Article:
Although the invention has been shown in connection with but a few embodiments, it is not intended that these embodiments nor the terminology employed in describing the same be limiting inasmuch as such was done in the interest of clearly describing the invention. It is intended however that the scope of the invention be ascertained by the spirit and scope of the appended claims.
1. A freight vehicle floor comprising a plurality of juxtaposed planks, each of said planks comprising a floor part and tnansverse opposed end flanges, groove means adjacent the intersection of the one flange and the floor part, tongue means extending from said floor part adjacent the other flange thereof, said tongue means being adapted to fit in the groove means of an adjacent plank, a series of elongated slots in said floor part between said tongue means and said other flange, said one flange of one plank and said other flange of an adjacent plank forming an extension defining the sidewalls of each of said elongated slots when said planks are interfitted, one of said flanges having ridge means thereon curling into said slot while the other of said flanges terminates in region of said ridge.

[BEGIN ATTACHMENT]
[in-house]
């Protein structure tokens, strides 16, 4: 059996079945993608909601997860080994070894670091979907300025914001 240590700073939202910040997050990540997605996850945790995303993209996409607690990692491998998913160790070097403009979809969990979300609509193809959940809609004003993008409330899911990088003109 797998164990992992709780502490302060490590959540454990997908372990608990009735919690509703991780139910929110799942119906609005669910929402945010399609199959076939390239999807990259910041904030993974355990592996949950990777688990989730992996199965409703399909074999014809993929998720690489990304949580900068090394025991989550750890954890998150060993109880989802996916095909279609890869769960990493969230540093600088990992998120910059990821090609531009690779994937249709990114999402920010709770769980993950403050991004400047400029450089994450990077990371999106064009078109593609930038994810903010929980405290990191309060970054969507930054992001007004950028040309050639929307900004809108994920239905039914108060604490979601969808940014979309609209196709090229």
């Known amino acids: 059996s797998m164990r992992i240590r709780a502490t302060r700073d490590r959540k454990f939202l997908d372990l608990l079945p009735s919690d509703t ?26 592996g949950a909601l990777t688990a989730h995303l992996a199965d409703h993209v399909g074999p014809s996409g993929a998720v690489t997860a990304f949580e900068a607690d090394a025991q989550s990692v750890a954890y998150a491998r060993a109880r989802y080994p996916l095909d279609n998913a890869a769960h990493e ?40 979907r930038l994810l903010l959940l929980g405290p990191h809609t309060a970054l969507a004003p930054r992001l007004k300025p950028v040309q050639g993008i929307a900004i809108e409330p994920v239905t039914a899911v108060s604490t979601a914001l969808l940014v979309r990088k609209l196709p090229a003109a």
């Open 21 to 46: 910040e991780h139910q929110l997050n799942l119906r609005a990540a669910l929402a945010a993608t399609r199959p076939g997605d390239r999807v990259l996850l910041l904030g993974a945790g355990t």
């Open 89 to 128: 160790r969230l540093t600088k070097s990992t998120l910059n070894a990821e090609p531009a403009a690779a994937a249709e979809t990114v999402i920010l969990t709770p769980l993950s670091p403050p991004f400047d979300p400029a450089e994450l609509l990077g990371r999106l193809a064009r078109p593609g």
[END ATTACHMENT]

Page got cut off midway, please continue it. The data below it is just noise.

2. The vehicle floor of claim 1 wherein said groove means comprises a rabbet groove and said ridge means comprises an offset portion in one of said flanges.
3. The vehicle floor of claim 1 wherein said tongue means is offset slightly from the plane of said floor part and said groove means is offset a corresponding amount.
4. The vehicle floor of claim 1 wherein said groove means is generally egg-shaped in cross section, and said tongue means is generally eg -shaped on the outer part with the inner part being substantially planar thereby to lock said planks when said tongue means is received in said groove.
5. The floor construction of claim 3 wherein a locking tab is provided on one of said flanges of one of said planks between said slots, said locking tab cooperating with the flange terminating in the region of said ridge means to securely lock said planks together.